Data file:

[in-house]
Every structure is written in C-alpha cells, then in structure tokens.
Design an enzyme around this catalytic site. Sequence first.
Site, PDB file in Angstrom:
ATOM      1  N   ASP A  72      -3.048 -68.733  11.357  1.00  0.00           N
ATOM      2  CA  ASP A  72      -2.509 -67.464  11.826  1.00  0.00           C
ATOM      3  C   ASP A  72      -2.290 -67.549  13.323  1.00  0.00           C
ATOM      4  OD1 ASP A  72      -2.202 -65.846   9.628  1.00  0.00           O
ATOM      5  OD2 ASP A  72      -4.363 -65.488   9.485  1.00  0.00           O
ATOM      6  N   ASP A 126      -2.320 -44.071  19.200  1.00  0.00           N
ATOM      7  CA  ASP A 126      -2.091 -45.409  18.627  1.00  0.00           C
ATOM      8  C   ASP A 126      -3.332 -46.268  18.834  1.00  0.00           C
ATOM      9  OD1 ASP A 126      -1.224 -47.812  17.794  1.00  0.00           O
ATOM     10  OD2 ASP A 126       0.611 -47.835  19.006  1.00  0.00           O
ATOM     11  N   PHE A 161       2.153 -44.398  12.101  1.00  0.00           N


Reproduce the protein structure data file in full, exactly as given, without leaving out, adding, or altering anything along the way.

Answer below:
[in-house]
Every structure is written in C-alpha cells, then in structure tokens.
Design an enzyme around this catalytic site. Sequence first.
Site, PDB file in Angstrom:
ATOM      1  N   ASP A  72      -3.048 -68.733  11.357  1.00  0.00           N
ATOM      2  CA  ASP A  72      -2.509 -67.464  11.826  1.00  0.00           C
ATOM      3  C   ASP A  72      -2.290 -67.549  13.323  1.00  0.00           C
ATOM      4  OD1 ASP A  72      -2.202 -65.846   9.628  1.00  0.00           O
ATOM      5  OD2 ASP A  72      -4.363 -65.488   9.485  1.00  0.00           O
ATOM      6  N   ASP A 126      -2.320 -44.071  19.200  1.00  0.00           N
ATOM      7  CA  ASP A 126      -2.091 -45.409  18.627  1.00  0.00           C
ATOM      8  C   ASP A 126      -3.332 -46.268  18.834  1.00  0.00           C
ATOM      9  OD1 ASP A 126      -1.224 -47.812  17.794  1.00  0.00           O
ATOM     10  OD2 ASP A 126       0.611 -47.835  19.006  1.00  0.00           O
ATOM     11  N   PHE A 161       2.153 -44.398  12.101  1.00  0.00           N